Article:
Spanish: Pez Espada
The Swordfish is characterized by its robust body, and long bill, with a flattened cross-section, that is approximately one-third of the fish's length. The Swordfish has dark brown upper sides which fade to light brown underneath and its fins are brown to black-brown.
It has large black eyes, no teeth, no pelvic fins, a single keel on each side of the tail base, and pectoral fins that originate on the lower sides. Its first dorsal fin is rigid, with a short base and a pointed apex, and it is well separated from the second dorsal fin.
This is a highly prized game and commercial species that is exceedingly difficult to catch by anglers. The Swordfish spends the evening near the surface but days at depths between 1,000 feet and 2,000 feet in the water column incurring a temperature drop of almost 20 degrees Centigrade. It has a broader temperature tolerance than other billfish, and is thus considered to be more temperate than tropical with a wider horizontal and vertical distribution than all other billfishes. The Swordfish is never found in water less than 600 feet deep. It feeds on mackerel, mullet, small tuna and live squid. Most recreational catches are made at night on live squid using a light.
The Broadbill Swordfish is not easy to confuse with other species due to its long flat sword, short dorsal fin base, and single keel.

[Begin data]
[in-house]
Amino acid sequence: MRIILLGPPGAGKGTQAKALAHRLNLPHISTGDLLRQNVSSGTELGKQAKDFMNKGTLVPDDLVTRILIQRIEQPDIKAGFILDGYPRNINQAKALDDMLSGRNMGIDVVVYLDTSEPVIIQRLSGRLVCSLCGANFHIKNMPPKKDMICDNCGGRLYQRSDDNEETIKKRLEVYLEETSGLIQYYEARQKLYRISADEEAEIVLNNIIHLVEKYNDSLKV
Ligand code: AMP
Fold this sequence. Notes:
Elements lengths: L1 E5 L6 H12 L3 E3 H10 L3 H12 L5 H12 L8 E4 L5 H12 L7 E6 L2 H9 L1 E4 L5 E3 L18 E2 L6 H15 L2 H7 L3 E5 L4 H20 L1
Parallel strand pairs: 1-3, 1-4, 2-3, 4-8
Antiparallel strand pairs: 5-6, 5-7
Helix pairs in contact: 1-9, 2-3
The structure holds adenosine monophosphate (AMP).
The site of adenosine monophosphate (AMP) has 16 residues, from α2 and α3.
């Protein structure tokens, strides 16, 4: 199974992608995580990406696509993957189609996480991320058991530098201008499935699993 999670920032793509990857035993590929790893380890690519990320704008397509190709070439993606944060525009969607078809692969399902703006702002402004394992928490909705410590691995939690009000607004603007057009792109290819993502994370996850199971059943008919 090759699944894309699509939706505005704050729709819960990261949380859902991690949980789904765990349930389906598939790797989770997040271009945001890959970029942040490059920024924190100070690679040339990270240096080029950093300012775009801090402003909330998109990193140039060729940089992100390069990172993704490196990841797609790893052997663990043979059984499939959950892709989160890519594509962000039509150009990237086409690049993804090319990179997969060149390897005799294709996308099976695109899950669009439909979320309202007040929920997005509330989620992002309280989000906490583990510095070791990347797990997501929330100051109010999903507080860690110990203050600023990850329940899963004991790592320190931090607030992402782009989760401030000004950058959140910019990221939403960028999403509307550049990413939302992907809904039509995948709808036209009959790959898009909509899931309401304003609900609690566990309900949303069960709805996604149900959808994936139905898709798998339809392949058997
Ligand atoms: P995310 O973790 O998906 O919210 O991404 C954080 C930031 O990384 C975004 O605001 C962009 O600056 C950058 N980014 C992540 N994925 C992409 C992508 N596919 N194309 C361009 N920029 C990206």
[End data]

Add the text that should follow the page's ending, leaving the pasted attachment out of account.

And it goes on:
The old tried and tested internationally accepted way to catch broadbill is to drift at night and set a range of baits at various depths ranging from 20-150m below the surface. Squid, mackerel or small tuna are the preferred baits. Anglers looking to cover more water adopt slow trolling methods to do this. Slow trolling is carried out at boat idle speed and a whole squid, tuna, or a fresh belly flap, is rigged behind a softhead skirted trolling lure and then set to swim deep using breakaway sinkers or a downrigger.
The strike of a broadbill is a bit different to what you might expect from such a large and powerful fish. Often it’s a slow clicking of the reel as the fish takes the bait, increasing gradually as the broadbill picks up speed. But a word of caution here; the mouth of a broadbill is quite soft in parts so quite a few fish come unstuck early in the piece leaving anglers shaking, bewildered and wondering what might have been.
The Broadbill Swordfish grows to over 4.5 metres and over 600kg.
Broadbill swordfish are oceanic fish distributed through tropical and temperate waters of the Pacific, Indian and Atlantic oceans.